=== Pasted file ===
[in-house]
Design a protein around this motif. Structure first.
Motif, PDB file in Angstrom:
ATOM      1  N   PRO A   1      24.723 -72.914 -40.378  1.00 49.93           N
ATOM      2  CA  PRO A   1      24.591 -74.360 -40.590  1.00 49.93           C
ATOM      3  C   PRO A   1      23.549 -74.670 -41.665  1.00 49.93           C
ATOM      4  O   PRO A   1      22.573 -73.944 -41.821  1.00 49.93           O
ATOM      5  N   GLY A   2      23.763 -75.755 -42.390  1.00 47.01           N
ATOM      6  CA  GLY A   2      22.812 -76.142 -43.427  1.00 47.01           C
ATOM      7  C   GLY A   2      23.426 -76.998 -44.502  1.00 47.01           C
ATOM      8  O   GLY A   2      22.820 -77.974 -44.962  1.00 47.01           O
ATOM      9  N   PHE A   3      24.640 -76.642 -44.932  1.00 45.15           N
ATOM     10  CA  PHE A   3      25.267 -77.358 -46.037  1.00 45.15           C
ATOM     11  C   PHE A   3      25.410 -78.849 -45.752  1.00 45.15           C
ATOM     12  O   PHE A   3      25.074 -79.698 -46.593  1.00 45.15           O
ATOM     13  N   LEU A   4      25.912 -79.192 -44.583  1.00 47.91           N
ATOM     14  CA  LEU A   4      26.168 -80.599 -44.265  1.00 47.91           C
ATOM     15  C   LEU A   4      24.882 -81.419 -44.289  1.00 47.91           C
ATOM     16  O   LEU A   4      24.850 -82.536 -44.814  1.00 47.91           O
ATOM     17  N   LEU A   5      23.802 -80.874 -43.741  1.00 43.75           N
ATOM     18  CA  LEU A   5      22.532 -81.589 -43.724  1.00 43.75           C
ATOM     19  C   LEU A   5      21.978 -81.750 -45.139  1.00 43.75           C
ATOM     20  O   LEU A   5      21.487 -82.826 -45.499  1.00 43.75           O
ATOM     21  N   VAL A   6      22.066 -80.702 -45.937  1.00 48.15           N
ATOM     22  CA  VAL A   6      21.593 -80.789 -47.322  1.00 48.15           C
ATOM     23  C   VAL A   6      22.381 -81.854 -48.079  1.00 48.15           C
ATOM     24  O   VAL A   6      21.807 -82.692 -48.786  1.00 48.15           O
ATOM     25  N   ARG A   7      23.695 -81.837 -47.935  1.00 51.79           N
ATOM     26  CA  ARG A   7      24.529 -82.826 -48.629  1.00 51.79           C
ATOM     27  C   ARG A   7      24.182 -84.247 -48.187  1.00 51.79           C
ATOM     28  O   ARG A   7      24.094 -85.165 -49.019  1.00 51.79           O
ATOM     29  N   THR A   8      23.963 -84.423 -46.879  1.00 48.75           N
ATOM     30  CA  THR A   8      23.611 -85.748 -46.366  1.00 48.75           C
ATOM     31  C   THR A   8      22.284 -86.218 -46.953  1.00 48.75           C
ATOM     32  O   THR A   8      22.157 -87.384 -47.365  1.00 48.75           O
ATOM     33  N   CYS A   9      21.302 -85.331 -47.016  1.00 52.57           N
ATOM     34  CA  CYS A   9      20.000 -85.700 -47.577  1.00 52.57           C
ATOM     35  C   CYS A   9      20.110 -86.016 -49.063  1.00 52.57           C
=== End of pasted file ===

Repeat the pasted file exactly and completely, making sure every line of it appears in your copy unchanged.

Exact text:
[in-house]
Design a protein around this motif. Structure first.
Motif, PDB file in Angstrom:
ATOM      1  N   PRO A   1      24.723 -72.914 -40.378  1.00 49.93           N
ATOM      2  CA  PRO A   1      24.591 -74.360 -40.590  1.00 49.93           C
ATOM      3  C   PRO A   1      23.549 -74.670 -41.665  1.00 49.93           C
ATOM      4  O   PRO A   1      22.573 -73.944 -41.821  1.00 49.93           O
ATOM      5  N   GLY A   2      23.763 -75.755 -42.390  1.00 47.01           N
ATOM      6  CA  GLY A   2      22.812 -76.142 -43.427  1.00 47.01           C
ATOM      7  C   GLY A   2      23.426 -76.998 -44.502  1.00 47.01           C
ATOM      8  O   GLY A   2      22.820 -77.974 -44.962  1.00 47.01           O
ATOM      9  N   PHE A   3      24.640 -76.642 -44.932  1.00 45.15           N
ATOM     10  CA  PHE A   3      25.267 -77.358 -46.037  1.00 45.15           C
ATOM     11  C   PHE A   3      25.410 -78.849 -45.752  1.00 45.15           C
ATOM     12  O   PHE A   3      25.074 -79.698 -46.593  1.00 45.15           O
ATOM     13  N   LEU A   4      25.912 -79.192 -44.583  1.00 47.91           N
ATOM     14  CA  LEU A   4      26.168 -80.599 -44.265  1.00 47.91           C
ATOM     15  C   LEU A   4      24.882 -81.419 -44.289  1.00 47.91           C
ATOM     16  O   LEU A   4      24.850 -82.536 -44.814  1.00 47.91           O
ATOM     17  N   LEU A   5      23.802 -80.874 -43.741  1.00 43.75           N
ATOM     18  CA  LEU A   5      22.532 -81.589 -43.724  1.00 43.75           C
ATOM     19  C   LEU A   5      21.978 -81.750 -45.139  1.00 43.75           C
ATOM     20  O   LEU A   5      21.487 -82.826 -45.499  1.00 43.75           O
ATOM     21  N   VAL A   6      22.066 -80.702 -45.937  1.00 48.15           N
ATOM     22  CA  VAL A   6      21.593 -80.789 -47.322  1.00 48.15           C
ATOM     23  C   VAL A   6      22.381 -81.854 -48.079  1.00 48.15           C
ATOM     24  O   VAL A   6      21.807 -82.692 -48.786  1.00 48.15           O
ATOM     25  N   ARG A   7      23.695 -81.837 -47.935  1.00 51.79           N
ATOM     26  CA  ARG A   7      24.529 -82.826 -48.629  1.00 51.79           C
ATOM     27  C   ARG A   7      24.182 -84.247 -48.187  1.00 51.79           C
ATOM     28  O   ARG A   7      24.094 -85.165 -49.019  1.00 51.79           O
ATOM     29  N   THR A   8      23.963 -84.423 -46.879  1.00 48.75           N
ATOM     30  CA  THR A   8      23.611 -85.748 -46.366  1.00 48.75           C
ATOM     31  C   THR A   8      22.284 -86.218 -46.953  1.00 48.75           C
ATOM     32  O   THR A   8      22.157 -87.384 -47.365  1.00 48.75           O
ATOM     33  N   CYS A   9      21.302 -85.331 -47.016  1.00 52.57           N
ATOM     34  CA  CYS A   9      20.000 -85.700 -47.577  1.00 52.57           C
ATOM     35  C   CYS A   9      20.110 -86.016 -49.063  1.00 52.57           C